For example, each ECU may hold a manifest file (manifest information) in advance concerning the service that each ECU uses. Then, each ECU may transmit its manifest file to a Zone ECU, and the Zone ECU may update permission table 116 upon verifying the legitimacy of the manifest file. For example, host block 101 may be an example of a rule updater. If any communication port among the plurality of communication ports receives a frame that includes manifest information concerning the service that an ECU uses, the rule updater may update the permission rule based on the manifest information and the port information identifying the communication port via which the frame that includes the manifest information has been received.

This configuration renders it unnecessary to manage the mode and allows a permission rule to be registered into permission table 116 based on more reliable information, which leads to increased security and effectiveness.

FIG. 15 illustrates an example of a manifest file according to Other Variation (4).

The manifest file includes Service ID used by each ECU, the role of each ECU, and the use start condition. The role indicates whether the ECU is a server that offers the service or a client that receives the service, and the use start condition indicates the condition concerning the vehicle state in which SOME/IP SD communication occurs.

In the example illustrated in FIG. 15, the ECU that holds this manifest file is the server of the service whose Service ID is 0x1050, and the use start condition indicates that the communication occurs while the vehicle is stopped. Moreover, this ECU can also be a client of the service whose Service ID is 0x2050, and the use start condition indicates that the communication can occur at any time regardless of the vehicle state.

(5) In the foregoing embodiment, the vehicle state written in the permission rule is not used to detect an unauthorized frame. Alternatively, the vehicle state may be used to detect an unauthorized frame.

FIG. 16 is a flowchart of an overall process performed by Zone ECU 100a when Other Variation (4) and Variation (5) are combined.

(Step S601) Zone ECU 100a checks whether Zone ECU 100a has received a frame. If Zone ECU 100a has received a frame (if Yes), Zone ECU 100a executes step S602. Meanwhile, if Zone ECU 100a does not receive a frame (If No), Zone ECU 100a executes step S601 until Zone ECU 100a receives a frame.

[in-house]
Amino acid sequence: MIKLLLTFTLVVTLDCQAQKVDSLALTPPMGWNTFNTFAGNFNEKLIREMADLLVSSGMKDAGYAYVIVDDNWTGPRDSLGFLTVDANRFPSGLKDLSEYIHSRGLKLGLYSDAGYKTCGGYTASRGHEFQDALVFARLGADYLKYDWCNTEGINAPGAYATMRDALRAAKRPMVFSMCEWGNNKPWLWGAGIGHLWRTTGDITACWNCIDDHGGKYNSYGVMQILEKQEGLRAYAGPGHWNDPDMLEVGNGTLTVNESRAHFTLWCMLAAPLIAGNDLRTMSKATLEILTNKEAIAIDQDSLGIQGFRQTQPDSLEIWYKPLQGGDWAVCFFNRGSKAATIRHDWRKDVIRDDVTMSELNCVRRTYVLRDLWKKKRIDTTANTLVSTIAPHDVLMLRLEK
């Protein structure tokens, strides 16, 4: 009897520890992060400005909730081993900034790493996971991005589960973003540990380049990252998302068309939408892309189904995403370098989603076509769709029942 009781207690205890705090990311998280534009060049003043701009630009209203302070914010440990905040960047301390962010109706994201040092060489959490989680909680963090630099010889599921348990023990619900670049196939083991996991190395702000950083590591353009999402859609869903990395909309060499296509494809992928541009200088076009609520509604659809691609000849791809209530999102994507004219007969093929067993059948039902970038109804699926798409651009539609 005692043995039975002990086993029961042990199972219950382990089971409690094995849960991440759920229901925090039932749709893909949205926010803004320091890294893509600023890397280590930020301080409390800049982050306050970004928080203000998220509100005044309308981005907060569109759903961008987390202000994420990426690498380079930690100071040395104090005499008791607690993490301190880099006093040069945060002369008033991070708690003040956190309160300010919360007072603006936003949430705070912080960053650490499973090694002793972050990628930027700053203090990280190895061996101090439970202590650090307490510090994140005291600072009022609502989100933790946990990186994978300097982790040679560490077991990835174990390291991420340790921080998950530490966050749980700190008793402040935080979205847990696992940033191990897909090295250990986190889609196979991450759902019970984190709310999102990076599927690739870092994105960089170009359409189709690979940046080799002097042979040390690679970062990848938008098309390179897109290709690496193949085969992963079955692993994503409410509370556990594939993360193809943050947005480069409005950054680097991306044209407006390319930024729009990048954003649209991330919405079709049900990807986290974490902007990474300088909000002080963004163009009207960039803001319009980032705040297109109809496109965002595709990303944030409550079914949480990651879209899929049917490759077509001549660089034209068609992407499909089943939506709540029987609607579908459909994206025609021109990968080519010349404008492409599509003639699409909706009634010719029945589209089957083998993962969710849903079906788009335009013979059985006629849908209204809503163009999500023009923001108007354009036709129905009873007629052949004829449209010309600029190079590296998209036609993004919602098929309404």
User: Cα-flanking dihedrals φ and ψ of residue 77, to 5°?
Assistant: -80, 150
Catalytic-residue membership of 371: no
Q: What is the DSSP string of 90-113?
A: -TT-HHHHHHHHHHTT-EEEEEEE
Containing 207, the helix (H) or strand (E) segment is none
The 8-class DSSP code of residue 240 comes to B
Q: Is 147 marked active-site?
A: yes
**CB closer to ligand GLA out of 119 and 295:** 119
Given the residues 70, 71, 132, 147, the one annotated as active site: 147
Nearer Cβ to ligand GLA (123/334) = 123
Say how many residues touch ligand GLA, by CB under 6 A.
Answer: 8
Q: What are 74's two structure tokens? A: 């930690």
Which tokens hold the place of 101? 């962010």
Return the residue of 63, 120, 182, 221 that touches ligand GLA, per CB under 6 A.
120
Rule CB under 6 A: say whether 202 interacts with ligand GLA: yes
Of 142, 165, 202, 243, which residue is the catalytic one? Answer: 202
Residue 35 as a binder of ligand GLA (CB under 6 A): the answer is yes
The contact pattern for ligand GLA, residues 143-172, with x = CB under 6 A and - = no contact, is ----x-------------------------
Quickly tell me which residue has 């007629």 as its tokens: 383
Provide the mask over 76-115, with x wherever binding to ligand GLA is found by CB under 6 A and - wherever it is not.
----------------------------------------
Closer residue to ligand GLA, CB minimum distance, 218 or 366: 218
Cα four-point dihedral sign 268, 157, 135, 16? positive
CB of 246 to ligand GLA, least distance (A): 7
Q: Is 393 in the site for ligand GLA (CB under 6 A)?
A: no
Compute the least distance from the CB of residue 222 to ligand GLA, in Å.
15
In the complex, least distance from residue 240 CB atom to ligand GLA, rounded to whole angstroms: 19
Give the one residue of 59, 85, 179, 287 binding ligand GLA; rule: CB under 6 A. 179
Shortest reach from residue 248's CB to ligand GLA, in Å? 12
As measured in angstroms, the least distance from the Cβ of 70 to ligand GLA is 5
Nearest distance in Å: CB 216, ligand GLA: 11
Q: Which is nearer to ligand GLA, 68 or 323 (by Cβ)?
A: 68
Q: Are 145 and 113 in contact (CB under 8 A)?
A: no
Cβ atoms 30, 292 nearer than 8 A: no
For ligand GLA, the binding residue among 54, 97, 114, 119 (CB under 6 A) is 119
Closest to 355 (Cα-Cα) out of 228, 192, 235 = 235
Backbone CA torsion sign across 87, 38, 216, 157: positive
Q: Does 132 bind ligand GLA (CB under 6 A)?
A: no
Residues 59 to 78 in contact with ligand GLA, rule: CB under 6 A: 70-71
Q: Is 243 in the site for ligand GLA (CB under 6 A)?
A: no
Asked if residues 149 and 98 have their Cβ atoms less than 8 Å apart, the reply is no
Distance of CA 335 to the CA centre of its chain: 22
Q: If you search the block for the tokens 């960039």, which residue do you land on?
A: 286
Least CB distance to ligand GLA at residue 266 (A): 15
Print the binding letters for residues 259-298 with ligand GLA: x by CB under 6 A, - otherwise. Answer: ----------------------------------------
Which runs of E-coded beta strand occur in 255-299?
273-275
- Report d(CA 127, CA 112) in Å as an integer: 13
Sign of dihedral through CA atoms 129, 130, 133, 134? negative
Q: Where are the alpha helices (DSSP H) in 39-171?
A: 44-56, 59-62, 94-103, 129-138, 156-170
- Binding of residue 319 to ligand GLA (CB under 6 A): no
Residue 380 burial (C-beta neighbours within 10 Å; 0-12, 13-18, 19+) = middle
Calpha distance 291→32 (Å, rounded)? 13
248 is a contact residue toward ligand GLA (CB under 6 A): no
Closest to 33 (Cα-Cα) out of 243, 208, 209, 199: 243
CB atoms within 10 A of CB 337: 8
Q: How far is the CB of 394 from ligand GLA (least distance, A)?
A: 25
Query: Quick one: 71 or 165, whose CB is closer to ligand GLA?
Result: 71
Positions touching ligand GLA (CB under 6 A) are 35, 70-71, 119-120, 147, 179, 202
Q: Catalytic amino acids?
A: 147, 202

(Step S602) Zone ECU 100a checks whether the received frame is a SOME/IP SD message. If the received frame is not a SOME/IP SD message (if No), Zone ECU 100a executes step S603. Meanwhile, if the received frame is a SOME/IP SD message (if Yes), Zone ECU 100a executes step S606.

(Step S603) Zone ECU 100a checks whether Zone ECU 100a has received a frame that includes a manifest file. If Zone ECU 100a has received a frame that includes a manifest file (if Yes), Zone ECU 100a executes step S604. Meanwhile, if Zone ECU 100a does not receive a frame that includes a manifest file (if No), Zone ECU 100a executes step S607.

(Step S604) Zone ECU 100a checks whether the manifest file included in the received frame is legitimate. Zone ECU 100a can verify the legitimacy of the manifest file by verifying the message authentication code included in the manifest file or by verifying the electronic signature. If the manifest file is legitimate (if Yes), Zone ECU 100a executes step S605. Meanwhile, if the manifest file is not legitimate (if No), Zone ECU 100a terminates the process.

(Step S605) Zone ECU 100a updates the permission rule in permission table 116 in accordance with the manifest file. With regard to the communication port, Zone ECU 100a writes in the information of the port via which the frame that includes the manifest file has been received.